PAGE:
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“...No one Can Hack My Mind”: Comparing Expert and Non-Expert Security Practices
Iulia Ion, Rob Reeder, and Sunny Consolvo, Google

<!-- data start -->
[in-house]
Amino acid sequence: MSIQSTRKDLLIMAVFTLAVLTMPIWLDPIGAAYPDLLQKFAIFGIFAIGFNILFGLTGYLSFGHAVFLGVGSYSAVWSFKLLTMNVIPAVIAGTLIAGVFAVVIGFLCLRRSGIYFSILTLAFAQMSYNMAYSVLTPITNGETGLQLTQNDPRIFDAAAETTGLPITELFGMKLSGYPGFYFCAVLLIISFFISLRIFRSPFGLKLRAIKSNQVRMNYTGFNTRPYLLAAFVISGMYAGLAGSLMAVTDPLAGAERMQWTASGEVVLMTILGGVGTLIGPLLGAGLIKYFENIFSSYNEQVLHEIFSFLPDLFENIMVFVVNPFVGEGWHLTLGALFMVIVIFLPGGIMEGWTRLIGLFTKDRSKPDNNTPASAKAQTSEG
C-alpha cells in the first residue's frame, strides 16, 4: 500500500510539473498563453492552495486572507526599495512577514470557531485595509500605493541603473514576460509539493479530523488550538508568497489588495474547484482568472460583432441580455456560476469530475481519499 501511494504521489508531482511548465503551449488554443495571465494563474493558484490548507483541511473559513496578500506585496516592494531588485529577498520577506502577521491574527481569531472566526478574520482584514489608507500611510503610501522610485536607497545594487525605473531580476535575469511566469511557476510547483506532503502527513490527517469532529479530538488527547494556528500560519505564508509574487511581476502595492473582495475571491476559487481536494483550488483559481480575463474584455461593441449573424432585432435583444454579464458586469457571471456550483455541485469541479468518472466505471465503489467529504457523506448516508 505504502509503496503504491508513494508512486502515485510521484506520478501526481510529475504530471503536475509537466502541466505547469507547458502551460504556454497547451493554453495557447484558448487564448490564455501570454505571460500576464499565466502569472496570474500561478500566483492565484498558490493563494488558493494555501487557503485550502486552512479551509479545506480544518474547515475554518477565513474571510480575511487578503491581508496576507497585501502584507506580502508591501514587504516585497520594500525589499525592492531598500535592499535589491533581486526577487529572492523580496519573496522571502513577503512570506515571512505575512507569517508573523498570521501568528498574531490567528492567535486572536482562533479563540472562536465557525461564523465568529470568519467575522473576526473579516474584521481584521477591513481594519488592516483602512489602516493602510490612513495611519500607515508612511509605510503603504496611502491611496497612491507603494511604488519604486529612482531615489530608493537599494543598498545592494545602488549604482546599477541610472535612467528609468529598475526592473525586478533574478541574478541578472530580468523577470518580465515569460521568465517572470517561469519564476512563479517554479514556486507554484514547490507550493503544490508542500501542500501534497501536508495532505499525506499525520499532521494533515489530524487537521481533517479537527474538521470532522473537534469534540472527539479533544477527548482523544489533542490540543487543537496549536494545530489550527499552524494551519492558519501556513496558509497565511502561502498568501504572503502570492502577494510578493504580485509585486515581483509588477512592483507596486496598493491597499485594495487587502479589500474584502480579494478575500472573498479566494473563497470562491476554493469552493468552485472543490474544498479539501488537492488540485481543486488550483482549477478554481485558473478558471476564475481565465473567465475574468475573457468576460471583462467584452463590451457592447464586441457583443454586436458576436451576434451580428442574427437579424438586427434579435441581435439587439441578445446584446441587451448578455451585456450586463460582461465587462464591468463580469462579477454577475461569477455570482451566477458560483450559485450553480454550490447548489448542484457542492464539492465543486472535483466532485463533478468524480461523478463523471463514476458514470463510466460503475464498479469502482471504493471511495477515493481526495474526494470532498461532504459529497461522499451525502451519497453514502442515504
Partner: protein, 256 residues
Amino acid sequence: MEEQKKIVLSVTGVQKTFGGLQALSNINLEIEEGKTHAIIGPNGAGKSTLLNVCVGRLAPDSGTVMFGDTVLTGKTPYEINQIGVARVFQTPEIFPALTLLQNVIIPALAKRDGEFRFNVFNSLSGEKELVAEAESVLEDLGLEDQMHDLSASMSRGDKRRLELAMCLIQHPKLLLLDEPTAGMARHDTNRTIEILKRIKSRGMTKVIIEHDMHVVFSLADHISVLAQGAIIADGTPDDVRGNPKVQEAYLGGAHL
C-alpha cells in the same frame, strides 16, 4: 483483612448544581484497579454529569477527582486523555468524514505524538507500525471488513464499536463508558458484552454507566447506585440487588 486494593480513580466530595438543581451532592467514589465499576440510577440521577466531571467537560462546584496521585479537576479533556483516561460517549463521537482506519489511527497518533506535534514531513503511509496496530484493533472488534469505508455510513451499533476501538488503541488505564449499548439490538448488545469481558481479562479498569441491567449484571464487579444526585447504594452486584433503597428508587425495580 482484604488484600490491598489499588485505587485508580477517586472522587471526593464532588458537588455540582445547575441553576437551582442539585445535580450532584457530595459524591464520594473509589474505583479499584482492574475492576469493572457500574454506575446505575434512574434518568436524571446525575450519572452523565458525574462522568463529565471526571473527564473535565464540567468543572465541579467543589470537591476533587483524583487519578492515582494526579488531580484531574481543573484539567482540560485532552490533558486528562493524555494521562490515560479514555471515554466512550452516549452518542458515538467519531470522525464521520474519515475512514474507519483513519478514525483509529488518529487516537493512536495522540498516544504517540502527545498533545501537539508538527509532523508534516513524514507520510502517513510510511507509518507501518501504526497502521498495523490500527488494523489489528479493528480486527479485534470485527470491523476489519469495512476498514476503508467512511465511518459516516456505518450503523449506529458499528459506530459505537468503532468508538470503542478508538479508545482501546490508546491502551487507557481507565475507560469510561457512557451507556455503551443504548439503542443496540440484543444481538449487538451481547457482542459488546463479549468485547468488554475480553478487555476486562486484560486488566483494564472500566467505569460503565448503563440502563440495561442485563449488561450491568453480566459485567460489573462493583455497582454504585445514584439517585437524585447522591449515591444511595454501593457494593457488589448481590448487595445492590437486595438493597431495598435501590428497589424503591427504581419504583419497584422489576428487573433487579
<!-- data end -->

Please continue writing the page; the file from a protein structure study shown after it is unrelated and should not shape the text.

The state of advice given to people today on how to stay safe online has plenty of room for improvement. Too many things are asked of them, which may be unrealistic, time consuming, or not really worth the effort. To improve the security advice, our community must find out what practices people use and what recommendations, if messaged well, are likely to bring the highest benefit while being realistic to ask of people. In this paper, we present the results of a study which aims to identify which practices people do that they consider most important at protecting their security online. We compare self-reported security practices of non-experts to those of security experts (i.e., participants who reported having five or more years of experience working in computer security). We report on the results of two online surveys—one with 231 security experts and one with 294 MTurk participants—on what the practices and attitudes of each group are. Our findings show a discrepancy between the security practices that experts and non-experts report taking. For instance, while experts most frequently report installing software updates, using two-factor authentication and using a password manager to stay safe online, non-experts report using antivirus software, visiting only known websites, and changing passwords frequently.
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